The Australian connection: The appearance of former Wallaby captain Stirling Mortlock at Twickenham with the Barbarians this weekend continues a strong Australian-association with the club. Mortlock, who is Australia’s fourth most capped Test skipper after leading the Wallabies on 28 occasions in Tests, was captain when Australia beat the Barbarians 55-7 at the Sydney Football Stadium two years ago. The Baabaas were led on that evening by the then 77-Test Wallaby Phil Waugh, who went on to play to Tests for Australia later that same season. The tradition of players turning out for the Barbarians against their own countrymen was started by an Australian – Sir Nicholas Shehadie, who achieved the rare honour of playing both for and against the Baabaas. Sir Nicholas opposed the festival club when the Barbarians played Australia at the end of the Wallabies 1947-48 tour of the UK, Ireland and France. This was the first time the Barbarians had been assembled to play against an international touring side. He then featured for the Baabaas a decade later, being invited to wear the now famous black-and-white-hooped jersey against his Wallaby team-mates.

The most famous match: Many would claim that the 1973 match when the Barbarians beat the All Blacks 23-11 at Cardiff Arms Park is the best display of rugby ever seen. Certainly it ranks up there with the ‘match of the century’ – the 39-35 thriller played out between Australia and New Zealand in Sydney 11 years ago. The Barbarians’ match included a try by Gareth Edwards which took play from inside the Barbarians quarter through seven different pairs of hands before the try was finally scored by the Welsh great in the corner at the opposite end of the field. The Baabaas were also the only side to beat the Springboks on their 1961 tour of Great Britain and Ireland, capturing the Springbok head – a trophy traditionally presented by the South African tourists to the first side to beat them when on tour – after a 6-0 win at Cardiff Arms Park. The last two years have seen the Baabaas beat New Zealand 25-18 and South Africa 26-20 on their Spring Tours.

Olympic Gold Medal Recalled: The historic match between the Qantas Wallabies and the Barbarians at London’s Wembley Stadium in 2008 marked the 100th anniversary of Australia winning an Olympic gold medal for rugby union at the 1908 London Games. Australia defeated Cornwall, who represented Great Britain, on that occasion. The Australian side which beat the Barbarians featured 11 players who were in their first year as Wallabies, including the second youngest ever Australian representative; James O’Connor, who handled the goal-kicking at Wembley. In All Black Richard McCaw, Springboks Bryan Habana and Schalk Burger and Welshman Shane Williams; the star-studded Barbarians combination of that night featured four of the last five IRB Players of the Year.

Southern Association: The Baabaas have a strong association with Southern Hemisphere rugby. The team has twice toured South Africa. It has also played New Zealand on 10 occasions (for two wins, alongside a draw and seven losses), and South Africa seven times – for four wins and three defeats. One of the best wins achieved by the Barbarians came against the Springboks in 2007, when they beat the newly crowned Rugby World Cup champions 22-5. That match was the last in charge of South Africa for the new Brumbies coach, Jake White.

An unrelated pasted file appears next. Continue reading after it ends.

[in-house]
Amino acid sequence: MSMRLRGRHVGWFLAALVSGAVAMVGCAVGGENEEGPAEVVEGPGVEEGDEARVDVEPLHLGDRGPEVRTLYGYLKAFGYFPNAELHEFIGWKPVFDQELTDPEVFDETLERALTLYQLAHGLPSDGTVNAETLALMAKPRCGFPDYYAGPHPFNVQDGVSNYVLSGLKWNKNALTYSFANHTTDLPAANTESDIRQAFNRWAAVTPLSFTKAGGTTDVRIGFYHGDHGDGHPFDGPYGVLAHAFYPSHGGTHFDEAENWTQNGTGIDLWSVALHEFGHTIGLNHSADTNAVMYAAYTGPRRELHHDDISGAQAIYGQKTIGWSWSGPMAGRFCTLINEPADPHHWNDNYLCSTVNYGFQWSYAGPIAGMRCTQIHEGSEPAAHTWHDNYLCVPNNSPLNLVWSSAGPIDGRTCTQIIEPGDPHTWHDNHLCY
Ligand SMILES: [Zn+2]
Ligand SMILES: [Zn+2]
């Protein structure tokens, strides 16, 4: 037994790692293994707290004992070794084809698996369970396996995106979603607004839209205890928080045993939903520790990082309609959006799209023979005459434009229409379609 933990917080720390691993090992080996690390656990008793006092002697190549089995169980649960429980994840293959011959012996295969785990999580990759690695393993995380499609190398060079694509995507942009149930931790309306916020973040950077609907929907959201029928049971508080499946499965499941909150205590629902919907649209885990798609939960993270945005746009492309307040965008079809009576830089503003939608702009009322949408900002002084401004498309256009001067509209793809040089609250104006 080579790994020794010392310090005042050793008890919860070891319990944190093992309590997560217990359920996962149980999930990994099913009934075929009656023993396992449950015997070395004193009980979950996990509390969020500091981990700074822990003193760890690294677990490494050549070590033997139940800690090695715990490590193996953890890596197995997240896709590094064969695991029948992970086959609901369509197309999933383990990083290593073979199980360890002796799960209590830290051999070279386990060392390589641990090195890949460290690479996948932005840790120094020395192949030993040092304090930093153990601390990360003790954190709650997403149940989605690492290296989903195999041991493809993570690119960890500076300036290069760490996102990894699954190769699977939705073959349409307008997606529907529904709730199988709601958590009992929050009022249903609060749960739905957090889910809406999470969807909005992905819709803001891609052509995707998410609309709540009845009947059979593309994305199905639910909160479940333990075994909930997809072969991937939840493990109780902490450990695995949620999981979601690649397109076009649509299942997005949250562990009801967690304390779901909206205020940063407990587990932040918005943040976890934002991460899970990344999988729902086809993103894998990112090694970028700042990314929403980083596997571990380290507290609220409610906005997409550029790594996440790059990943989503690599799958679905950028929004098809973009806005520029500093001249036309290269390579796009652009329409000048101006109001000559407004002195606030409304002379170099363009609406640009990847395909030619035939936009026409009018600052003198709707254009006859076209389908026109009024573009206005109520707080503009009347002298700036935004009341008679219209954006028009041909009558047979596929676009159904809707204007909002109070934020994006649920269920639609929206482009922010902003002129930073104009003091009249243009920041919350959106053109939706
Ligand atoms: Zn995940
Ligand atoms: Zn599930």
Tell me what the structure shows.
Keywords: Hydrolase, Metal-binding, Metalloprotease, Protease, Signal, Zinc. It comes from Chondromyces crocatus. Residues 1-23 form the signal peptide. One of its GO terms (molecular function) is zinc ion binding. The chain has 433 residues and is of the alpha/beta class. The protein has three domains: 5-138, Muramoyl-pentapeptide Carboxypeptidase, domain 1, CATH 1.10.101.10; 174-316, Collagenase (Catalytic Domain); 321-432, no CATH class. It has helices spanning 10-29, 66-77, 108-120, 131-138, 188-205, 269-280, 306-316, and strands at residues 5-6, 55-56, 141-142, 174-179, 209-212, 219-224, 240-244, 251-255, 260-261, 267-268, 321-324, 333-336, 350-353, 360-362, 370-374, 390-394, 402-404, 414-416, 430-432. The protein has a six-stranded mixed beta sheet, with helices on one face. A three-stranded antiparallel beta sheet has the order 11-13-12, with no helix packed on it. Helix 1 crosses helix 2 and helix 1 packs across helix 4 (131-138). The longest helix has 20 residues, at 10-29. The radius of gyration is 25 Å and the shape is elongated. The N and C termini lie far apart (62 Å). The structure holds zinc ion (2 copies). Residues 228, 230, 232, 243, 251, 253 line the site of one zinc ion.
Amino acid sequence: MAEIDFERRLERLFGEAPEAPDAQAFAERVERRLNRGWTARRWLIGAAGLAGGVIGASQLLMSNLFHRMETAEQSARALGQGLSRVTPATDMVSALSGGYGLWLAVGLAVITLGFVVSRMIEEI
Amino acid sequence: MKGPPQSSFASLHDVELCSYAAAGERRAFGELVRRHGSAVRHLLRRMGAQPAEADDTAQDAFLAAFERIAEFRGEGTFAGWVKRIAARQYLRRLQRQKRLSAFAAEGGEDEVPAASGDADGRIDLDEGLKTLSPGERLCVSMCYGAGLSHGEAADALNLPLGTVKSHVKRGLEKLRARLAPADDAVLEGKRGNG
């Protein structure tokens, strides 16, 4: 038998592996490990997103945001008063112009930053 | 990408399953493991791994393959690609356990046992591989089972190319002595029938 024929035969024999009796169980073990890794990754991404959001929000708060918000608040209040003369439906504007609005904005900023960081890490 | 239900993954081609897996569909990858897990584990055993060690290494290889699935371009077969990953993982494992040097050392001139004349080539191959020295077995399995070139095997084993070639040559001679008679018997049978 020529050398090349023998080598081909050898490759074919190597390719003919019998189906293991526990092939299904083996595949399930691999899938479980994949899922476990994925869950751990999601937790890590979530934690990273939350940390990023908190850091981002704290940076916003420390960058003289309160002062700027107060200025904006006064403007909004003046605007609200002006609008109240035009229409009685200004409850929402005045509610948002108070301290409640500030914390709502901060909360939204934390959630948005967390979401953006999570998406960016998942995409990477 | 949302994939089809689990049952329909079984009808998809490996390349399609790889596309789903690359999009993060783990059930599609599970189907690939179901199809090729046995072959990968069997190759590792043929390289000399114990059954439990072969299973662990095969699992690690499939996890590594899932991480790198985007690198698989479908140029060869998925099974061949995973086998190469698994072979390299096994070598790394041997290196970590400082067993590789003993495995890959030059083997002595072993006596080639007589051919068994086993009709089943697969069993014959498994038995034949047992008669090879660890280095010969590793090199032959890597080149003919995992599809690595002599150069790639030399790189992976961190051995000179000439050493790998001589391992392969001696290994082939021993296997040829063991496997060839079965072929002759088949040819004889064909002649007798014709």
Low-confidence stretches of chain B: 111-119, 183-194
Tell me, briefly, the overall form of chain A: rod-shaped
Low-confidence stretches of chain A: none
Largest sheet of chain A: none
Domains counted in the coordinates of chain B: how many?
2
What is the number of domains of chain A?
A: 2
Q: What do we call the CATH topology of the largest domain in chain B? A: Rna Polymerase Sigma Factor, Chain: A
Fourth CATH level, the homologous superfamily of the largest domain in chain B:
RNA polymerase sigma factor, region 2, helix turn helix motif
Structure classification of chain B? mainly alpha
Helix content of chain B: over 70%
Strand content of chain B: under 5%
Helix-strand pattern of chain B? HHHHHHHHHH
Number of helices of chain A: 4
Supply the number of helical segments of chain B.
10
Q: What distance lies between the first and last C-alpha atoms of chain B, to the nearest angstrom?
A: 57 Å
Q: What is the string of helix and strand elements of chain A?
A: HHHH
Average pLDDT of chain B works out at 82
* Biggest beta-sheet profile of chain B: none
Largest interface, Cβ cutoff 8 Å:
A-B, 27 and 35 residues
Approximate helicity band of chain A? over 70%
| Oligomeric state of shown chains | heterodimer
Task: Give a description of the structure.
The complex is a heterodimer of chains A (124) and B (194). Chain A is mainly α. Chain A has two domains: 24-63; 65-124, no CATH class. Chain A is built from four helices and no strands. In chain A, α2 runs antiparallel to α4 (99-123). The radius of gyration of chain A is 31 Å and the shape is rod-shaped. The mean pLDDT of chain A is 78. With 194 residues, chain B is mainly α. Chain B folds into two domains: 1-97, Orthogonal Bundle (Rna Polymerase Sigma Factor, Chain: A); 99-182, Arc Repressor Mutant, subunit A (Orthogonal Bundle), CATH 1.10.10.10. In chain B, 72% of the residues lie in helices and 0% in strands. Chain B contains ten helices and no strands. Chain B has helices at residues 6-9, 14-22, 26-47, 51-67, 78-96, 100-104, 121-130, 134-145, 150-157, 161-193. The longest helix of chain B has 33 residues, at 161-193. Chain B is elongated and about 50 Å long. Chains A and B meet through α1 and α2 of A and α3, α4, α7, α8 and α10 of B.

The Coaching Connection: All Blacks coaches Graham Henry and Steve Hansen are following in the footsteps of 2007 Rugby World Cup winner Jake White, in taking on the Baabaas to play Australia. White, assisted by ex-Wallabies coach Eddie Jones, prepared the star studded Barbarians outfit that was defeated by the Wallabies at Wembley Stadium in 2008. Henry and Hansen were then on the losing side against the Baabaas a year later, as a Nick Mallett prepared Barbarians team beat the All Blacks. South African Mallett, then the head coach of Italy, also prepared the Barbarians when they beat the Springboks last year.

Beware the H-bomb: He might not have made much of an impact against the Wallabies playing for the Springboks this year, but Australia will still be on guard for some explosions from Bryan Habana this weekend. The flying 28-year-old, who has scored a South African record 40 tries from his 74 Tests (five of which have come from his 15 outings against the Wallabies); scored a hat-trick when he last graced the Baabaas jersey in the 25-18 win over New Zealand in 2009. Habana is being accompanied in London by the recently retired King of the second row Victor Matfield, who played his 110th and final Test during South Africa’s 9-11 loss to Australia in the Rugby World Cup quarter-final.

Barbarians Results against Southern Hemisphere Teams

1948: Beat Australia, Cardiff 9-6

1952: Lost to South Africa, Cardiff 3-17

1954: Lost to New Zealand, Cardiff 5-19

1958: Beat Australia, Cardiff 11-6

1961: Beat South Africa, Cardiff 6-0

1964: Lost to New Zealand, Cardiff 3-36

1967: Lost to Australia, Cardiff 11-17

1967: Lost to New Zealand, London 6-11

1970: Lost to South Africa, London 12-21

1973: Beat New Zealand, Cardiff 23-11

1974: Drew with New Zealand, London 13-13

1976: Beat Australia, Cardiff 19-7

1978: Lost to New Zealand, London 16-18

1984: Lost to Australia, Cardiff 30-37

1988: Lost to Australia, Cardiff 22-40

1989: Lost to New Zealand, London 10-21

1990: Beat Argentina, Cardiff 34-22

1992: Lost to Australia, London 20-30

1993: Lost to New Zealand, London 12-25

1994: Beat South Africa, Dublin 23-15

1996: Lost to Australia, London 12-39

2000: Lost to South Africa, Cardiff 31-41

2001: Lost to Australia, Cardiff 35-49

2004: Lost to New Zealand, London 19-47

2007: Beat South Africa, London 22-5

2008: Lost to Australia, London 11-18

2009: Lost to Australia, Sydney 7-55

2009: Beat New Zealand, London 25-18

2010: Beat South Africa, London 26-20

About Martin Myers
Music Supervisor / Artist and Talent Manager / Publicist / Music Exchange Founder / Owner Triple M Entertainment